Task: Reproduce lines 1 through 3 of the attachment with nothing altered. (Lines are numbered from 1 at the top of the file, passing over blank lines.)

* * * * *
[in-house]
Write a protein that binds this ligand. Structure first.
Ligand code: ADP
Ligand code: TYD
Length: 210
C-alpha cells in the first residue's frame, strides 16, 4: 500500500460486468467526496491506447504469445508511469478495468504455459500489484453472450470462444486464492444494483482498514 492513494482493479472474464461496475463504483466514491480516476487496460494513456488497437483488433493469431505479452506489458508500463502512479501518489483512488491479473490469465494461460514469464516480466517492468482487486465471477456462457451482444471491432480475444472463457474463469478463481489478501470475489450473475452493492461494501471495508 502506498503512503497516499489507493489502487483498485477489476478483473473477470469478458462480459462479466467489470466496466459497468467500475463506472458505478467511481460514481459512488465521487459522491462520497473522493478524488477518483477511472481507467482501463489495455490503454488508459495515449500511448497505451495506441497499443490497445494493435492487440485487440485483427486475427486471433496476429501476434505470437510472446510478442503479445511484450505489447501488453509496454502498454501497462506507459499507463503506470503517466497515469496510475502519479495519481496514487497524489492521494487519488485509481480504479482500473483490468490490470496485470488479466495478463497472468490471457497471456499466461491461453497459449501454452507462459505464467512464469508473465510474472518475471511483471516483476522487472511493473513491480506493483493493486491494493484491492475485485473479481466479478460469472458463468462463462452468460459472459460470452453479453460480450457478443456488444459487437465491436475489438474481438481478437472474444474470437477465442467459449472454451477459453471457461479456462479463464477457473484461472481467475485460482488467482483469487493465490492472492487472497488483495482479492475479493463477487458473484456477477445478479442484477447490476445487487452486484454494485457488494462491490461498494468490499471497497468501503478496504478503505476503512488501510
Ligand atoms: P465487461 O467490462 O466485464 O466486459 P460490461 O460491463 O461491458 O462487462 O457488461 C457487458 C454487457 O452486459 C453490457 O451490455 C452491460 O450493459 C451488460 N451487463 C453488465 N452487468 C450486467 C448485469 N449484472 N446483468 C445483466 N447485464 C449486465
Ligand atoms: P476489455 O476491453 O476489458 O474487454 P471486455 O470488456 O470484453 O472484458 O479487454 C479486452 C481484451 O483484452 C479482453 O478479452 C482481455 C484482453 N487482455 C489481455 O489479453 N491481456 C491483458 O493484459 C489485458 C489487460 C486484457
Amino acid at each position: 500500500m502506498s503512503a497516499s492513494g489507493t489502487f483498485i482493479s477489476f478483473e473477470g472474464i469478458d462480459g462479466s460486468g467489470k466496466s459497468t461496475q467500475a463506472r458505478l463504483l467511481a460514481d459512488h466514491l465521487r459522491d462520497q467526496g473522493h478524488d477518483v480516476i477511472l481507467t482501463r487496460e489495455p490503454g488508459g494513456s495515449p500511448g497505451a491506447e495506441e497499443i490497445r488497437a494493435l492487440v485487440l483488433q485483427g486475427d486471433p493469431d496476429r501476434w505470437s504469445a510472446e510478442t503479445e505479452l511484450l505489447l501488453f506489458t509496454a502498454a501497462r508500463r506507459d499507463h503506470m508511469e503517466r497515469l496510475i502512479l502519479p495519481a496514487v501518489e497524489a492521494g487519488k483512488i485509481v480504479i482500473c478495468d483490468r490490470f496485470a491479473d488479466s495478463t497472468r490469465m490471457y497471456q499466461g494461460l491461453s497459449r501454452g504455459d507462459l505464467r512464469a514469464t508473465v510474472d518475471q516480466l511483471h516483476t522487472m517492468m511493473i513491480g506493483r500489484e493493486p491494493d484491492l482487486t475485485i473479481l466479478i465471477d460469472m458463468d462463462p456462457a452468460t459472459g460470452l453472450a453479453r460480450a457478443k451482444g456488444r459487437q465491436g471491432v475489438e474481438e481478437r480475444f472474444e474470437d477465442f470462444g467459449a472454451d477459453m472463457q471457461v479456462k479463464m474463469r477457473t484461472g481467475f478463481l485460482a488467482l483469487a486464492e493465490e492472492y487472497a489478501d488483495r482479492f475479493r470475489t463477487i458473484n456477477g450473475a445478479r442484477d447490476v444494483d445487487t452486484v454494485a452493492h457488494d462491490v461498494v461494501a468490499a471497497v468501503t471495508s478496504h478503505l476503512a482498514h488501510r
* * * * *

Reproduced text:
[in-house]
Write a protein that binds this ligand. Structure first.
Ligand code: ADP